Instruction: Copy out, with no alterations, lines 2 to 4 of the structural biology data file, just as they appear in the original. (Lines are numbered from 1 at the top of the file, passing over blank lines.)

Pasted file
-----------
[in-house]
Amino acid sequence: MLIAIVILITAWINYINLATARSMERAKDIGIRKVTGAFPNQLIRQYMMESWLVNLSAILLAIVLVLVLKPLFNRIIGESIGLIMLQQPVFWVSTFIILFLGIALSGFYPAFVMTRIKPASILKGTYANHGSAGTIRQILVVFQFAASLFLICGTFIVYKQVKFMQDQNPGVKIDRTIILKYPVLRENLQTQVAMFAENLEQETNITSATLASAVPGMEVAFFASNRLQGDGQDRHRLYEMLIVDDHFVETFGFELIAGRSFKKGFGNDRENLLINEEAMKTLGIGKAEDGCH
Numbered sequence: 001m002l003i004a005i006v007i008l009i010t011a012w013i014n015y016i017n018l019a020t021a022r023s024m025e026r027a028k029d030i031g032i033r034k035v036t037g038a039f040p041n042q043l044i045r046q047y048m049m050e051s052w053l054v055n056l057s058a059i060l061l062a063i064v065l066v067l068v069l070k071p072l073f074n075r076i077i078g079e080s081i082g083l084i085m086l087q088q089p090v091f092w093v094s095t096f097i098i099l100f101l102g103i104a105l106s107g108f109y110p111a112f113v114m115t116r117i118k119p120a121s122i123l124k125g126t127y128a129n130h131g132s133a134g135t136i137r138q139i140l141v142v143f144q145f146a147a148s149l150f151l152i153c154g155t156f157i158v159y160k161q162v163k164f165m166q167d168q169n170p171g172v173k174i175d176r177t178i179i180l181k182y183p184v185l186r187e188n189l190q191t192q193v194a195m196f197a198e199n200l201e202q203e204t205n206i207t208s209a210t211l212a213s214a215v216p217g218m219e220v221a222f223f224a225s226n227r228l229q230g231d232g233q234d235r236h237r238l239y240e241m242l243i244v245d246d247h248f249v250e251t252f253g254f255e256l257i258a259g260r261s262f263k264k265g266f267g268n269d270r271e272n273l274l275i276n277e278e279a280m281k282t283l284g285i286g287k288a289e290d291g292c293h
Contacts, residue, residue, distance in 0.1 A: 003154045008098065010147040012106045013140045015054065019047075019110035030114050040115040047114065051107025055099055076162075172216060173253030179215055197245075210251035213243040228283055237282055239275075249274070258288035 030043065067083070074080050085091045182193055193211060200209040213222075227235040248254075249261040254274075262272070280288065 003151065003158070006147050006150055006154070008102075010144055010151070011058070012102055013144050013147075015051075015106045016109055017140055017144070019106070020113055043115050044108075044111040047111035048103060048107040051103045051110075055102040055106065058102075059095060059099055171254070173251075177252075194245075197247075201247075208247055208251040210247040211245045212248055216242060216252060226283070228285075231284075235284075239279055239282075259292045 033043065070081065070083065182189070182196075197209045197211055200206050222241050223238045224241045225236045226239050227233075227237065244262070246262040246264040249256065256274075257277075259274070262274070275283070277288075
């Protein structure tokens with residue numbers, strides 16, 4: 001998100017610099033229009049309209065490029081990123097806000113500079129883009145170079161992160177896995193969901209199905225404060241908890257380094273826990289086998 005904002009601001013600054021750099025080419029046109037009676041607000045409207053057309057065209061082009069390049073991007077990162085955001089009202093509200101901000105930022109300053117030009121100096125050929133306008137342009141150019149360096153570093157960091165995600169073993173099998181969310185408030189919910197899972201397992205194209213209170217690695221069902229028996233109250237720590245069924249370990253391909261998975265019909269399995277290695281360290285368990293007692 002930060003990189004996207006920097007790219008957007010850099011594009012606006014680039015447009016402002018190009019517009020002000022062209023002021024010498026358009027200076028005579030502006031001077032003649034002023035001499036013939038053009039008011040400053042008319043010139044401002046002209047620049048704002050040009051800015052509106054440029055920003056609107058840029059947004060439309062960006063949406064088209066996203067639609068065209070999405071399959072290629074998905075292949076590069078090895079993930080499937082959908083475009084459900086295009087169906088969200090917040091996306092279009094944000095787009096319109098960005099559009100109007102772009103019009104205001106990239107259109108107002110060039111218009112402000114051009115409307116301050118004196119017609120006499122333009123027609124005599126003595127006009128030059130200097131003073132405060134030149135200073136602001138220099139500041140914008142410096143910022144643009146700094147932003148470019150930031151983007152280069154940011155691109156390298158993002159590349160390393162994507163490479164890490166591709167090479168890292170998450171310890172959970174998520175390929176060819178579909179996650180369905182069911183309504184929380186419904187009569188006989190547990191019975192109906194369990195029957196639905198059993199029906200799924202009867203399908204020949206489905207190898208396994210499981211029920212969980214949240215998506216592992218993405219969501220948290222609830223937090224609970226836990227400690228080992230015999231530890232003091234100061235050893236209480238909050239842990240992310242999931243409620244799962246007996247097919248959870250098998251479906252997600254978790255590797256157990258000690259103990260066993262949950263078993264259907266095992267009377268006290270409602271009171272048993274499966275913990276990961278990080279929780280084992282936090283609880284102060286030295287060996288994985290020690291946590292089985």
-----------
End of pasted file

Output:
Amino acid sequence: MLIAIVILITAWINYINLATARSMERAKDIGIRKVTGAFPNQLIRQYMMESWLVNLSAILLAIVLVLVLKPLFNRIIGESIGLIMLQQPVFWVSTFIILFLGIALSGFYPAFVMTRIKPASILKGTYANHGSAGTIRQILVVFQFAASLFLICGTFIVYKQVKFMQDQNPGVKIDRTIILKYPVLRENLQTQVAMFAENLEQETNITSATLASAVPGMEVAFFASNRLQGDGQDRHRLYEMLIVDDHFVETFGFELIAGRSFKKGFGNDRENLLINEEAMKTLGIGKAEDGCH
Numbered sequence: 001m002l003i004a005i006v007i008l009i010t011a012w013i014n015y016i017n018l019a020t021a022r023s024m025e026r027a028k029d030i031g032i033r034k035v036t037g038a039f040p041n042q043l044i045r046q047y048m049m050e051s052w053l054v055n056l057s058a059i060l061l062a063i064v065l066v067l068v069l070k071p072l073f074n075r076i077i078g079e080s081i082g083l084i085m086l087q088q089p090v091f092w093v094s095t096f097i098i099l100f101l102g103i104a105l106s107g108f109y110p111a112f113v114m115t116r117i118k119p120a121s122i123l124k125g126t127y128a129n130h131g132s133a134g135t136i137r138q139i140l141v142v143f144q145f146a147a148s149l150f151l152i153c154g155t156f157i158v159y160k161q162v163k164f165m166q167d168q169n170p171g172v173k174i175d176r177t178i179i180l181k182y183p184v185l186r187e188n189l190q191t192q193v194a195m196f197a198e199n200l201e202q203e204t205n206i207t208s209a210t211l212a213s214a215v216p217g218m219e220v221a222f223f224a225s226n227r228l229q230g231d232g233q234d235r236h237r238l239y240e241m242l243i244v245d246d247h248f249v250e251t252f253g254f255e256l257i258a259g260r261s262f263k264k265g266f267g268n269d270r271e272n273l274l275i276n277e278e279a280m281k282t283l284g285i286g287k288a289e290d291g292c293h
Contacts, residue, residue, distance in 0.1 A: 003154045008098065010147040012106045013140045015054065019047075019110035030114050040115040047114065051107025055099055076162075172216060173253030179215055197245075210251035213243040228283055237282055239275075249274070258288035 030043065067083070074080050085091045182193055193211060200209040213222075227235040248254075249261040254274075262272070280288065 003151065003158070006147050006150055006154070008102075010144055010151070011058070012102055013144050013147075015051075015106045016109055017140055017144070019106070020113055043115050044108075044111040047111035048103060048107040051103045051110075055102040055106065058102075059095060059099055171254070173251075177252075194245075197247075201247075208247055208251040210247040211245045212248055216242060216252060226283070228285075231284075235284075239279055239282075259292045 033043065070081065070083065182189070182196075197209045197211055200206050222241050223238045224241045225236045226239050227233075227237065244262070246262040246264040249256065256274075257277075259274070262274070275283070277288075